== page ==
Baker & Taylor A blow on the head transports a Yankee to 528 A.D. where he proceeds to modernize King Arthur's kingdom by organizing a school system, constructing telephone lines, and inventing the printing press.
HARPERCOLL Generations of readers have delighted in the biting social satire and hilarious adventures of the Connecticut Yankee, a nineteenth-century mechanic who suffers a blow to the head and wakes up in King Arthur's Britain. The Yankee soon realizes this is not the gallant world of fairy tales, but a cruel, feudalistic society. Ever resourceful, he sets out to modernize and improve things through an ingenious and funny mix of magic and technology, chivalry and sheer tomfoolery. All the trappings of Arthurian legend are here, from damsels in distress to quests and exciting jousts. But who ever heard of knights riding bicycles, or telephones at Camelot? Mark Twain's humorous yet moving classic now features magnificent illustrations by Caldecott medalist Trina Schart Hyman in a beautiful gift edition that all readers will enjoy.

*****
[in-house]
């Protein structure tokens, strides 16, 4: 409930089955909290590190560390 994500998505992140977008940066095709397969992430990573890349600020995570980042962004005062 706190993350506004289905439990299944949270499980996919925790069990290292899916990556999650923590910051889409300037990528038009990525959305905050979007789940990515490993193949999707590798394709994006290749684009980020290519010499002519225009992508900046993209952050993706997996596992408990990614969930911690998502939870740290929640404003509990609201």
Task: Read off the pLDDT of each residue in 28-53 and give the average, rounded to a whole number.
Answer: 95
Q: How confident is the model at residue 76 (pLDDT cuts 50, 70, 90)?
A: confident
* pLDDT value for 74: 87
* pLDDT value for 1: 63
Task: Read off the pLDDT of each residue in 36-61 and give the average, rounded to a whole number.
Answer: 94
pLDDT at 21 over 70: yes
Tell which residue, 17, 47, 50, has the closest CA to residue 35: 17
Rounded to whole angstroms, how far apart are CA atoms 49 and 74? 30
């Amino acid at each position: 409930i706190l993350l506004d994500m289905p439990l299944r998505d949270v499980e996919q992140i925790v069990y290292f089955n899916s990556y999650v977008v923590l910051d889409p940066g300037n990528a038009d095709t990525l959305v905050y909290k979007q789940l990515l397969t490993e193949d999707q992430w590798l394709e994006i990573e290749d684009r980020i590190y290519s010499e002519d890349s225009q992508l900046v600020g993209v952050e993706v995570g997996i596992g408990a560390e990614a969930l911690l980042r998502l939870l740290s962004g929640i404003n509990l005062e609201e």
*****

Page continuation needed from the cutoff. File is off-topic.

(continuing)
Blackwell North Amer When A Connecticut Yankee in King Arthur's Court was published in 1889, Mark Twain was undergoing a series of personal and professional crises. Thus what began as a literary burlesque of British chivalry and culture grew into a disturbing satire of modern technology and social thought. The story of Hank Morgan, a nineteenth-century American who is accidentally returned to sixth-century England, is a powerful analysis of such issues as monarchy versus democracy and free will versus determinism, but it is also one of Twain's finest comic novels, still fresh and funny after more than 100 years.
Baker & Taylor A blow on the head transports a Yankee to 528 A.D. where he proceeds to modernize King Arthur's kingdom by organizing a school system, constructing telephone lines, and inventing the printing press